The Ben Ish Chai became the standard reference book for Torah law among Sephardim. It appealed to a wide audience, scholars and commoners alike, including women, who were usually not provided a religious education. Due to its widespread popularity, Chacham Yosef Chaim came to be called by the name of his book.
Chacham Yosef Chaim deeply loved the Land of Israel. He supported the Jewish settlement by printing all his books there, and throughout his life, gave money to the messengers from Israel who came to collect for the poor. In 1869, he journeyed to Israel where he visited the gravesites of numerous holy figures in Jerusalem and Hebron, and met with eminent Kabbalists. Though offered a rabbinical post there, he decided to return to Iraq. He brought back with him a large stone to be placed at the entrance to the synagogue where he lectured.
Days before his death, on the 8th of Elul, Chacham Yosef Chaim went on pilgrimage to the grave of the prophet Ezekiel, and he became sick shortly after. On the 13th of Elul, 1909, he died and was buried that same night. He was deeply mourned, his funeral attended by over ten thousand people—Jews and non-Jews alike. Years after his death, Jews still made it practice to visit his gravesite every Friday.
Despite his passing over 100 years ago, his legacy is very much alive in the hearts of those who continue to live by his seminal work, the Ben Ish Chai. Many of his disciples became great Jewish scholars who continued to disperse his teachings.The extensive work of Chacham Yosef Chaim encompasses all aspects of Judaism: Torah law, Kabbalah, Q&A's, sermons, parables, proverbs, and prayers, liturgics and poetry for Shabbat and holidays. His work reflects simultaneously broad knowledge of the sciences, medicine, astronomy, physics and economics. His approach to Torah, though stringent, is imbued with love for its practice, and his followers, whose numbers continue to grow even today, revere his commitment to Torah law and the inspiration he brought to it.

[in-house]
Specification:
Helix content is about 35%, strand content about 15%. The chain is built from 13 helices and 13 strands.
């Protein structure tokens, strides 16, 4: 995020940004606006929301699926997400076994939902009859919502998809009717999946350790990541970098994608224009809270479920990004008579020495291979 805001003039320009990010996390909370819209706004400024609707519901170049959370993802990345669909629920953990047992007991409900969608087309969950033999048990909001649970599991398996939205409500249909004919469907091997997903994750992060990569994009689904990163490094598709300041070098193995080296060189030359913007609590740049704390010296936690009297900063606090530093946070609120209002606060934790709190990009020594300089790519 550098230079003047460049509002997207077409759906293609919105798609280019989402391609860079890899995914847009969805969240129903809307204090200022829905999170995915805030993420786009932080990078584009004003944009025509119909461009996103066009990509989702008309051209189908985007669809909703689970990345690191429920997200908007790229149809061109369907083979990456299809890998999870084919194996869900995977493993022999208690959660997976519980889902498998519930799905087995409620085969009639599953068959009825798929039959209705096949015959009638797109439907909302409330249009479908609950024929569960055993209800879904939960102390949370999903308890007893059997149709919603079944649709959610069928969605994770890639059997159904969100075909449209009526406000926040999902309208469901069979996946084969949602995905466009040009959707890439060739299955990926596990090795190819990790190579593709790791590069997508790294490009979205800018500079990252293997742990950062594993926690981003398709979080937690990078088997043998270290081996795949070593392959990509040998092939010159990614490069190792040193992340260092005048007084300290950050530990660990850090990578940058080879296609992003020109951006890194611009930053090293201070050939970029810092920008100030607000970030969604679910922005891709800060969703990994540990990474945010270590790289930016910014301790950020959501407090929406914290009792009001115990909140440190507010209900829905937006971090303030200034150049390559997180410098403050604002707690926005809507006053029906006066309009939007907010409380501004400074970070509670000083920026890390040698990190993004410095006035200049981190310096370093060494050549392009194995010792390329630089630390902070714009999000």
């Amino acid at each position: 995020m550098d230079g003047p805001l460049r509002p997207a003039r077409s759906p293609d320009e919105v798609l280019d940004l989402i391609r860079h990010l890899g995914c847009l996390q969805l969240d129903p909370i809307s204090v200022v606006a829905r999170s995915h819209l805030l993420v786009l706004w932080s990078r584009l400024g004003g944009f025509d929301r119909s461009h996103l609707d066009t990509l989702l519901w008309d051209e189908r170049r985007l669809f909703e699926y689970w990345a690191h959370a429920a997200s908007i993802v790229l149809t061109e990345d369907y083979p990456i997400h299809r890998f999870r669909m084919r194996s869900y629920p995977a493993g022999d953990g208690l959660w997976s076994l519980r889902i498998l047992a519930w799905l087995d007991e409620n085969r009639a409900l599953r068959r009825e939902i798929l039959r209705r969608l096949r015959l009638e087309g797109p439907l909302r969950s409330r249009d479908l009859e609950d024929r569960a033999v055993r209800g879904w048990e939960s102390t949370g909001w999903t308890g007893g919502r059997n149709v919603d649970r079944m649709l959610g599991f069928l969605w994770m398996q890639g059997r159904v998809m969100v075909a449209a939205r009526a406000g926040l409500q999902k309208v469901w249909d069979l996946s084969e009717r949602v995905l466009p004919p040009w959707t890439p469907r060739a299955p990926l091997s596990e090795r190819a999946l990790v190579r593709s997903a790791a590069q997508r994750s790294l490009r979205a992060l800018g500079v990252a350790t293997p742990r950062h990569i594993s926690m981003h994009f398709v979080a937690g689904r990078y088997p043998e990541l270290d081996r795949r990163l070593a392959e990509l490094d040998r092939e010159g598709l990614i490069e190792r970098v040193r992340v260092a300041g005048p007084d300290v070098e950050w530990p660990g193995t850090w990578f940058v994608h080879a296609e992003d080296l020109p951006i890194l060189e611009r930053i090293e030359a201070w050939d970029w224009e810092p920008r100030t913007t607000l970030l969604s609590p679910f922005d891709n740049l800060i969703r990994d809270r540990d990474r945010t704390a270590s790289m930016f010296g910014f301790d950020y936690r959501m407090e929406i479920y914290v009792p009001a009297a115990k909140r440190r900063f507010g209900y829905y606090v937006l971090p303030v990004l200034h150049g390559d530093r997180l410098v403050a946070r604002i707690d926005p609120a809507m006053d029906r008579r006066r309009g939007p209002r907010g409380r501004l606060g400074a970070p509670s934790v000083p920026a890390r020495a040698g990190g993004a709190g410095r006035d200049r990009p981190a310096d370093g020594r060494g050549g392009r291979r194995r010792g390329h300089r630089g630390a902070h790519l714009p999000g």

Many schools, particularly in Israel, have been built in his name. Thousands continue to glean from the wisdom of Chacham Yosef Chaim, studying his books, but more importantly, living by them.

answer below at end of Email
Q. A settlement with a Shi’ite population is:
A.    Gush Halav
B.  Rehaniya
C.  Daburiyya
D.  Ghajar

There is a mitzva to review the Torah portion each week which our sages state should be fulfilled reading the portion twice and once with the Targum Onkeos Translation. There are many feel that it should be done with Rashi as well if not even in place of the Onkelos. One of the many reasons is so that one can appreciate the global explanation of Rashi. For to fully appreciate his commentary one can see how he explains things that might seem similar however Rashi’s differing explanations can shed light on many practical things that should be derived from the text that you might have missed.